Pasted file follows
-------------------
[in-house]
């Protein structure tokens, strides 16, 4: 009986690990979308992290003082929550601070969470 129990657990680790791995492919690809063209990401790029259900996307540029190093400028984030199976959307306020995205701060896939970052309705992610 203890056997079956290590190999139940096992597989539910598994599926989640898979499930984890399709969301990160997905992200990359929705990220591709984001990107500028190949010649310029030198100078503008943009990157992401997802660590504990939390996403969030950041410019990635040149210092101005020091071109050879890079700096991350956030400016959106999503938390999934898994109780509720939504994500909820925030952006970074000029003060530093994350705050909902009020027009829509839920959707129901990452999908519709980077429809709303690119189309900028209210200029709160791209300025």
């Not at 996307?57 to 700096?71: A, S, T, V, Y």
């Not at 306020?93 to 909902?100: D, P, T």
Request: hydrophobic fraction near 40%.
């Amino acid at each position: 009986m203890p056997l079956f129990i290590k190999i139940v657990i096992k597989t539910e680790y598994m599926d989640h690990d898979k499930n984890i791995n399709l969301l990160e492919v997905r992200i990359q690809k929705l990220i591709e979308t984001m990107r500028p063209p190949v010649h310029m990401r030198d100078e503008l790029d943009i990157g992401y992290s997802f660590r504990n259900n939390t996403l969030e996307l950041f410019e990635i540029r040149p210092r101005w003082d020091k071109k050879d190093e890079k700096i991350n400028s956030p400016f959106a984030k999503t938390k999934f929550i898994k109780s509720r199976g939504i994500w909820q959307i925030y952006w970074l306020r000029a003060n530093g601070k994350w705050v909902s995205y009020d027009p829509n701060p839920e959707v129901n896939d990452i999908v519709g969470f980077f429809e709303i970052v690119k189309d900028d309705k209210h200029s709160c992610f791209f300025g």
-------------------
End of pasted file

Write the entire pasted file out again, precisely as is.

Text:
[in-house]
């Protein structure tokens, strides 16, 4: 009986690990979308992290003082929550601070969470 129990657990680790791995492919690809063209990401790029259900996307540029190093400028984030199976959307306020995205701060896939970052309705992610 203890056997079956290590190999139940096992597989539910598994599926989640898979499930984890399709969301990160997905992200990359929705990220591709984001990107500028190949010649310029030198100078503008943009990157992401997802660590504990939390996403969030950041410019990635040149210092101005020091071109050879890079700096991350956030400016959106999503938390999934898994109780509720939504994500909820925030952006970074000029003060530093994350705050909902009020027009829509839920959707129901990452999908519709980077429809709303690119189309900028209210200029709160791209300025």
């Not at 996307?57 to 700096?71: A, S, T, V, Y």
């Not at 306020?93 to 909902?100: D, P, T």
Request: hydrophobic fraction near 40%.
């Amino acid at each position: 009986m203890p056997l079956f129990i290590k190999i139940v657990i096992k597989t539910e680790y598994m599926d989640h690990d898979k499930n984890i791995n399709l969301l990160e492919v997905r992200i990359q690809k929705l990220i591709e979308t984001m990107r500028p063209p190949v010649h310029m990401r030198d100078e503008l790029d943009i990157g992401y992290s997802f660590r504990n259900n939390t996403l969030e996307l950041f410019e990635i540029r040149p210092r101005w003082d020091k071109k050879d190093e890079k700096i991350n400028s956030p400016f959106a984030k999503t938390k999934f929550i898994k109780s509720r199976g939504i994500w909820q959307i925030y952006w970074l306020r000029a003060n530093g601070k994350w705050v909902s995205y009020d027009p829509n701060p839920e959707v129901n896939d990452i999908v519709g969470f980077f429809e709303i970052v690119k189309d900028d309705k209210h200029s709160c992610f791209f300025g």